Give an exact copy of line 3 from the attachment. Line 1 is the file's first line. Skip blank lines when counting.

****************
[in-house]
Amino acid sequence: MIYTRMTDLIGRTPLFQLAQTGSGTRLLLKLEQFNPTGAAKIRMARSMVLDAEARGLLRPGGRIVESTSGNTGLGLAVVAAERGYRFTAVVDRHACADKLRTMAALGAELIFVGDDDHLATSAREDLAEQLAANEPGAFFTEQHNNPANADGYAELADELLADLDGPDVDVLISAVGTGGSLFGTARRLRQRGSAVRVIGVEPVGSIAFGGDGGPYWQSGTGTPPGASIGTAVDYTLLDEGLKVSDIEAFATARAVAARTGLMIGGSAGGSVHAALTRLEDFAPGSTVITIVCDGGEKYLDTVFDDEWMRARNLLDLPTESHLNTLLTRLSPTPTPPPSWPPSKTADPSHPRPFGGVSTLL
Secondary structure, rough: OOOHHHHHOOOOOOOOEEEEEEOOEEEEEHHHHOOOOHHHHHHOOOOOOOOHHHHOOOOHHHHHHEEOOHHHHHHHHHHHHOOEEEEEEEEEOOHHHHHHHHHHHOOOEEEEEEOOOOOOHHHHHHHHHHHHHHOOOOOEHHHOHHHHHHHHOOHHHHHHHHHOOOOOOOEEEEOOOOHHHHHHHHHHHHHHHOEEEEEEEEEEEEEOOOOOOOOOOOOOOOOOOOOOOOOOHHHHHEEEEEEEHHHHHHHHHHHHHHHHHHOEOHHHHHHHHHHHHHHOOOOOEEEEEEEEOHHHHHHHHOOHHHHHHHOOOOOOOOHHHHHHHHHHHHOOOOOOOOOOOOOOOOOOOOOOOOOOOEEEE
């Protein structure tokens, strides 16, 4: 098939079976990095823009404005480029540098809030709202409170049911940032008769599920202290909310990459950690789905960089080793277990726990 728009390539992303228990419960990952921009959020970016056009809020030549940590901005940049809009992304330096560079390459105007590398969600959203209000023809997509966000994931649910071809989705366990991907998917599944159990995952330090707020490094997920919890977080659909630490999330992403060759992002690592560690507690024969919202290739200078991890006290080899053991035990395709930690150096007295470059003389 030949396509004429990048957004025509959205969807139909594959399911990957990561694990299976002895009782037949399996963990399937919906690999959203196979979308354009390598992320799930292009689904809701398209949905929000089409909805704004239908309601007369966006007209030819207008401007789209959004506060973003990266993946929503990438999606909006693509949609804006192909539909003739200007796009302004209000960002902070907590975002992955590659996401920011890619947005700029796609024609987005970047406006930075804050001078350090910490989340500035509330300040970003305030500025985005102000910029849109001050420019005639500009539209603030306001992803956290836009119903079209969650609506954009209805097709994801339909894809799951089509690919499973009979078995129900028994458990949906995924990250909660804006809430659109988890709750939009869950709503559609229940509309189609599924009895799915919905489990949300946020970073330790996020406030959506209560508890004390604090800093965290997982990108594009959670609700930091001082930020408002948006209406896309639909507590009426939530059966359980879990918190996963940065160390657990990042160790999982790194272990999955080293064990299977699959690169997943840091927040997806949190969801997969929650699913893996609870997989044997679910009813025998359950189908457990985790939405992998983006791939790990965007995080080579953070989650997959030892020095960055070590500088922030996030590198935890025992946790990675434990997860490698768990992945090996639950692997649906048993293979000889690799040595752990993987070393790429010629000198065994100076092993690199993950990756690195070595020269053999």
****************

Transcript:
Secondary structure, rough: OOOHHHHHOOOOOOOOEEEEEEOOEEEEEHHHHOOOOHHHHHHOOOOOOOOHHHHOOOOHHHHHHEEOOHHHHHHHHHHHHOOEEEEEEEEEOOHHHHHHHHHHHOOOEEEEEEOOOOOOHHHHHHHHHHHHHHOOOOOEHHHOHHHHHHHHOOHHHHHHHHHOOOOOOOEEEEOOOOHHHHHHHHHHHHHHHOEEEEEEEEEEEEEOOOOOOOOOOOOOOOOOOOOOOOOOHHHHHEEEEEEEHHHHHHHHHHHHHHHHHHOEOHHHHHHHHHHHHHHOOOOOEEEEEEEEOHHHHHHHHOOHHHHHHHOOOOOOOOHHHHHHHHHHHHOOOOOOOOOOOOOOOOOOOOOOOOOOOEEEE